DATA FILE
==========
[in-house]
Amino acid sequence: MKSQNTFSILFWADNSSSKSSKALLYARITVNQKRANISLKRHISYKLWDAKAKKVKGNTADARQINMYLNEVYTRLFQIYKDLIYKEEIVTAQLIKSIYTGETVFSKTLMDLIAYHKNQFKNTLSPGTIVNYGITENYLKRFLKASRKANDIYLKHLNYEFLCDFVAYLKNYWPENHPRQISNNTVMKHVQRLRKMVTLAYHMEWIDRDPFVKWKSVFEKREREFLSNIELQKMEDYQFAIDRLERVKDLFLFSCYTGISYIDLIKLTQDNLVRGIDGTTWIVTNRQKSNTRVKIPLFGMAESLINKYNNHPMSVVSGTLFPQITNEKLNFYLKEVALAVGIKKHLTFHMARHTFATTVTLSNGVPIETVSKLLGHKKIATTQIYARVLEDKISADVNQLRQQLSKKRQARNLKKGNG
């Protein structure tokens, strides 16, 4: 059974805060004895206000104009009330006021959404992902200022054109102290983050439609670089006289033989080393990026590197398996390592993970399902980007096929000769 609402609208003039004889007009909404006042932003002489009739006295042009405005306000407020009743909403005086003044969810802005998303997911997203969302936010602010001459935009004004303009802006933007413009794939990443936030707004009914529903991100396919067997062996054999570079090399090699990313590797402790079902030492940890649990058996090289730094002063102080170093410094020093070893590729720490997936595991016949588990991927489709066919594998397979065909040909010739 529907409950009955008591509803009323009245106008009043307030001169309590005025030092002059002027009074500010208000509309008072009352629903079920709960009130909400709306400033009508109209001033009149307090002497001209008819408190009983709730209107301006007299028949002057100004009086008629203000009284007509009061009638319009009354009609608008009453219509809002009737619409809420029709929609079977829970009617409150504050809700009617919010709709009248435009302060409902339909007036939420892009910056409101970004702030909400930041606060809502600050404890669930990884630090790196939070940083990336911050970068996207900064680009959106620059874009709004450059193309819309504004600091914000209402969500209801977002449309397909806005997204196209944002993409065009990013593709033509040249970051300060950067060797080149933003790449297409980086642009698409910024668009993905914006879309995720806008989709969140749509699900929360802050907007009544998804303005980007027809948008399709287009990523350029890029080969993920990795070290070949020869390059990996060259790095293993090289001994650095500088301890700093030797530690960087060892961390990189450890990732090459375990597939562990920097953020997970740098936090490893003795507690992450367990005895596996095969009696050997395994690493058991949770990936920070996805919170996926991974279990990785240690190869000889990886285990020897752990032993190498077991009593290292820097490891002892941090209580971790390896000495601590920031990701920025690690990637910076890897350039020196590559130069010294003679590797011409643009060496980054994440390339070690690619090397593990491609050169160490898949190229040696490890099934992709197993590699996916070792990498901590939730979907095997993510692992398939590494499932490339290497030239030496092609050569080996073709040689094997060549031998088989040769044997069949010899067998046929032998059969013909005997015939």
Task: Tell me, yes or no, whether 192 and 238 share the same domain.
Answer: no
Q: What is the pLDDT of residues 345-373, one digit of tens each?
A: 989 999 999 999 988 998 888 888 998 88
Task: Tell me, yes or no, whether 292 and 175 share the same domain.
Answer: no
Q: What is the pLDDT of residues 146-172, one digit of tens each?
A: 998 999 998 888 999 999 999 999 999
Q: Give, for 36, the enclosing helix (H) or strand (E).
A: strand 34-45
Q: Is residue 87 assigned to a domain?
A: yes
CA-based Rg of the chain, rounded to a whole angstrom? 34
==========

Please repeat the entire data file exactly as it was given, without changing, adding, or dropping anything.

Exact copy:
[in-house]
Amino acid sequence: MKSQNTFSILFWADNSSSKSSKALLYARITVNQKRANISLKRHISYKLWDAKAKKVKGNTADARQINMYLNEVYTRLFQIYKDLIYKEEIVTAQLIKSIYTGETVFSKTLMDLIAYHKNQFKNTLSPGTIVNYGITENYLKRFLKASRKANDIYLKHLNYEFLCDFVAYLKNYWPENHPRQISNNTVMKHVQRLRKMVTLAYHMEWIDRDPFVKWKSVFEKREREFLSNIELQKMEDYQFAIDRLERVKDLFLFSCYTGISYIDLIKLTQDNLVRGIDGTTWIVTNRQKSNTRVKIPLFGMAESLINKYNNHPMSVVSGTLFPQITNEKLNFYLKEVALAVGIKKHLTFHMARHTFATTVTLSNGVPIETVSKLLGHKKIATTQIYARVLEDKISADVNQLRQQLSKKRQARNLKKGNG
């Protein structure tokens, strides 16, 4: 059974805060004895206000104009009330006021959404992902200022054109102290983050439609670089006289033989080393990026590197398996390592993970399902980007096929000769 609402609208003039004889007009909404006042932003002489009739006295042009405005306000407020009743909403005086003044969810802005998303997911997203969302936010602010001459935009004004303009802006933007413009794939990443936030707004009914529903991100396919067997062996054999570079090399090699990313590797402790079902030492940890649990058996090289730094002063102080170093410094020093070893590729720490997936595991016949588990991927489709066919594998397979065909040909010739 529907409950009955008591509803009323009245106008009043307030001169309590005025030092002059002027009074500010208000509309008072009352629903079920709960009130909400709306400033009508109209001033009149307090002497001209008819408190009983709730209107301006007299028949002057100004009086008629203000009284007509009061009638319009009354009609608008009453219509809002009737619409809420029709929609079977829970009617409150504050809700009617919010709709009248435009302060409902339909007036939420892009910056409101970004702030909400930041606060809502600050404890669930990884630090790196939070940083990336911050970068996207900064680009959106620059874009709004450059193309819309504004600091914000209402969500209801977002449309397909806005997204196209944002993409065009990013593709033509040249970051300060950067060797080149933003790449297409980086642009698409910024668009993905914006879309995720806008989709969140749509699900929360802050907007009544998804303005980007027809948008399709287009990523350029890029080969993920990795070290070949020869390059990996060259790095293993090289001994650095500088301890700093030797530690960087060892961390990189450890990732090459375990597939562990920097953020997970740098936090490893003795507690992450367990005895596996095969009696050997395994690493058991949770990936920070996805919170996926991974279990990785240690190869000889990886285990020897752990032993190498077991009593290292820097490891002892941090209580971790390896000495601590920031990701920025690690990637910076890897350039020196590559130069010294003679590797011409643009060496980054994440390339070690690619090397593990491609050169160490898949190229040696490890099934992709197993590699996916070792990498901590939730979907095997993510692992398939590494499932490339290497030239030496092609050569080996073709040689094997060549031998088989040769044997069949010899067998046929032998059969013909005997015939």
Task: Tell me, yes or no, whether 192 and 238 share the same domain.
Answer: no
Q: What is the pLDDT of residues 345-373, one digit of tens each?
A: 989 999 999 999 988 998 888 888 998 88
Task: Tell me, yes or no, whether 292 and 175 share the same domain.
Answer: no
Q: What is the pLDDT of residues 146-172, one digit of tens each?
A: 998 999 998 888 999 999 999 999 999
Q: Give, for 36, the enclosing helix (H) or strand (E).
A: strand 34-45
Q: Is residue 87 assigned to a domain?
A: yes
CA-based Rg of the chain, rounded to a whole angstrom? 34